Stoke City away in 1995 – How it was, when it was
Over recent weeks, the only thing having a bigger meltdown that Boris Johnson (he may be gone by the time you read this) is the RTG Sunderland fans website.
They were kind enough to name check me and combined with the fact I don’t write under an alias, has meant a fair bit of mischief making has come my way via social media.
However, unlike those rascals, I can take a joke in the spirit it was meant and calling me ‘fatty’ or words to that effect, is nearer the truth than an insult.
Anyway, while our glorious Newcastle United owners carry on doing wonderful work in the background, with new players and off the field improvements definitely on the way….
It time to step back in time to 1995, or more specifically 25th October 1995.
A League Cup tine away at Stoke City in their quite atmospheric Victoria Ground, a far throw from the IKEA flat pack offering they have today, which like most new grounds is sterile and ugly.
There was a similarity to today, because at that time NUFC were flying and tickets for away games were hard to come by. This team was obviously the Entertainers and beating all and sundry with a hatful of goals was the norm, Beardsley, Sir Les, Ginola, Rob Lee, Gillespie were wreaking havoc on Premier League defences.
Premier League games were sold out both home and away, so getting tickets for games if you were not a season ticket holder was a challenge to say the least
The League Cup had undergone several name changes and just like today it can be a struggle to fill grounds ( Sunderland got to the final back in 2014, yet their home attendance for the semi final first leg against Man Utd at the SOL was less than 32,000…plenty jumped out the woodwork for the final….a bit of deja vu going on recently).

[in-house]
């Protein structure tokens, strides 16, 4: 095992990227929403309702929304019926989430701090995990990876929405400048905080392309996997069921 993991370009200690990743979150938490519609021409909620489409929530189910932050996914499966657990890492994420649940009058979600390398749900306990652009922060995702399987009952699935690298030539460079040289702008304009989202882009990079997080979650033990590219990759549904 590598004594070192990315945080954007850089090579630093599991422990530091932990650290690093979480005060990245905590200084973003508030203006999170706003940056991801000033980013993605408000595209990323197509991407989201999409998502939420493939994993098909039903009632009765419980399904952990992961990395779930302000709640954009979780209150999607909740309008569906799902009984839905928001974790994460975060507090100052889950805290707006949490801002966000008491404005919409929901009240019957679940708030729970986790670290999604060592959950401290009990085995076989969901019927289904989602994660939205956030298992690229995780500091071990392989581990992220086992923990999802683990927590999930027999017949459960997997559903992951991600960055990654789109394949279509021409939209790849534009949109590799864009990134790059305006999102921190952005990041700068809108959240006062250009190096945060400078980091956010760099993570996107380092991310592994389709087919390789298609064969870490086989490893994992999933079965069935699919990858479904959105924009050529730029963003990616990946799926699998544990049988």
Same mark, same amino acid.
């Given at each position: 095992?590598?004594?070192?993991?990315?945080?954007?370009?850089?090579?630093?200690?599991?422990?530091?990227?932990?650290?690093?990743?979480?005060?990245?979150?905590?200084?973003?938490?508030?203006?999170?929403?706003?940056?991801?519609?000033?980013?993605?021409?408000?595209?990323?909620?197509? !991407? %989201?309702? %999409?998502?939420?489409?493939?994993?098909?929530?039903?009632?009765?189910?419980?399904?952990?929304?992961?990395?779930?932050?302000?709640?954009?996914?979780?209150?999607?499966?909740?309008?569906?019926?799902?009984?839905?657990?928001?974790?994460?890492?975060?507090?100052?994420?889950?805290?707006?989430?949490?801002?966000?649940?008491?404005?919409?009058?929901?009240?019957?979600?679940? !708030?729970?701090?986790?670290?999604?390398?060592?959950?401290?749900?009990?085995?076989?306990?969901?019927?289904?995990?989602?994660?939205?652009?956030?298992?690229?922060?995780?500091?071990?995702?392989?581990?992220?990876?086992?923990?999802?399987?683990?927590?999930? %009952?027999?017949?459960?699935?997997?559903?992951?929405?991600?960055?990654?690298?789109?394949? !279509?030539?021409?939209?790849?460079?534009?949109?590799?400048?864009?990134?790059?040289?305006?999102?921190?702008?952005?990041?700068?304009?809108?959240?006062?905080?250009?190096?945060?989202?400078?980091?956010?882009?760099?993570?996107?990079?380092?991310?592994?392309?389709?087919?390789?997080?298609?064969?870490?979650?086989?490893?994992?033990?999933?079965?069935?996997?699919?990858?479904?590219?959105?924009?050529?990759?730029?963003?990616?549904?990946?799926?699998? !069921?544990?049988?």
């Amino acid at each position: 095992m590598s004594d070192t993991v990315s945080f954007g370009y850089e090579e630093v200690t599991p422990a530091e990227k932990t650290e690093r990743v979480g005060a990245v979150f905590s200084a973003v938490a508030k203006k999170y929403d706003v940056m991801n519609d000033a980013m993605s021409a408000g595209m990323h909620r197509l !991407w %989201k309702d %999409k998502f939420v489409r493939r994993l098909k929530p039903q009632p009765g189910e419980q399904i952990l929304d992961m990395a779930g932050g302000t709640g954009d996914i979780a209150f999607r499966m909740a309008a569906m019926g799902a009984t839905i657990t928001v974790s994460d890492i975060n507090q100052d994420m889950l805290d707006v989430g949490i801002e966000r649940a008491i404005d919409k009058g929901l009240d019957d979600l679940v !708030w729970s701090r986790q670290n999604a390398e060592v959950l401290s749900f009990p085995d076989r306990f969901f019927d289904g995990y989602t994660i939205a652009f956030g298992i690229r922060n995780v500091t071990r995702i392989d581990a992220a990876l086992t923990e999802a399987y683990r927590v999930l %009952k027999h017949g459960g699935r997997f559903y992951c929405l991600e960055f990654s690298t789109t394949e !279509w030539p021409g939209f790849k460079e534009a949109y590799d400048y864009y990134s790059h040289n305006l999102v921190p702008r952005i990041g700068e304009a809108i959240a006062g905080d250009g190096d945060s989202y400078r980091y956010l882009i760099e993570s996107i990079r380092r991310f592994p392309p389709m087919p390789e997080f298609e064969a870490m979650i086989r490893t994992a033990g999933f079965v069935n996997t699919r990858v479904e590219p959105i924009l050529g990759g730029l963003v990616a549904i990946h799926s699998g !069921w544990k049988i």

However, NUFC were crowd pullers and a full house was guaranteed at Stoke City. The game also gave fans of NUFC who did not have season tickets a chance to see them away, as the demand for tickets was slightly lower. So while the game was a complete sell out, the away support did contain a lot of folk who were not regular travellers. Indeed it was noticeable how many families had taken the opportunity to go to the game, nevertheless, Newcastle United had the backing of a sold out visiting end containing around 4,500 fans.
At the time I lived in West Allotment and the plan was to go in a van with a few lads who I knew. Unfortunately, due to work I was running late, so I managed to let the lads know and I had to set off with wifey (at the time) in the car in the early afternoon. It has to be said quite a pleasant drive was had, with lunch on the way somewhere up past Alston, getting near to Stoke (Is there a Stoke? It seems like it’s a few towns rolled into one) the traffic was horrendous and I was cursing the fact we had stopped for lunch.
Time was tight and the Matchday traffic was horrendous, this meant for a 7.45 kick off we did not get parked up until about 6.30. A couple of kindly Stoke City fans pointed the way to the nearest pub but did point out it was home fans only generally, now I had been here a few times before so I know it could be lively, but was not expecting anything of consequence.
The pub indeed was home fans only and it seemed Newcastle United fans could not get in anywhere and were raiding the off licenses and supermarkets and having a beer on the street. I was driving and so we decided to head to the ground, I had colours on but these were partially covered by a denim shirt, wifey also had colours on covered by a jacket.
The road we took brought us to outside the main entrance to the Victoria ground and at this point I heard wifey say to some Stoke fan ‘f.., off you prick’, I turned and saw she was quite animated, as turned out some Stoke City fan had actually tried to trip her up. I told her to walk on and we did, we were amongst a lot of people and we were making our way to the away end.
Then a Stoke City fan, in full view of the police, took a swing at me. I realised we were right in the middle of a group of of their lot who were out for bother, plenty of police around though, so I was not that concerned. That is until she was tripped once more, police again did nothing. So I asked the question, ‘did you see that’, the copper’s reply was ‘you should not be here anyway’, in other words, you deserved it.
I then sought my own justice and took a swing back at the perpetrator, then quickly nipping through the crowd and a police cordon to the vast open space behind the away end. Am I brave? Am I hard? Am I daft? Well, as Meatloaf would have said, two out of three ain’t bad….except in my case, one out of three springs to mind…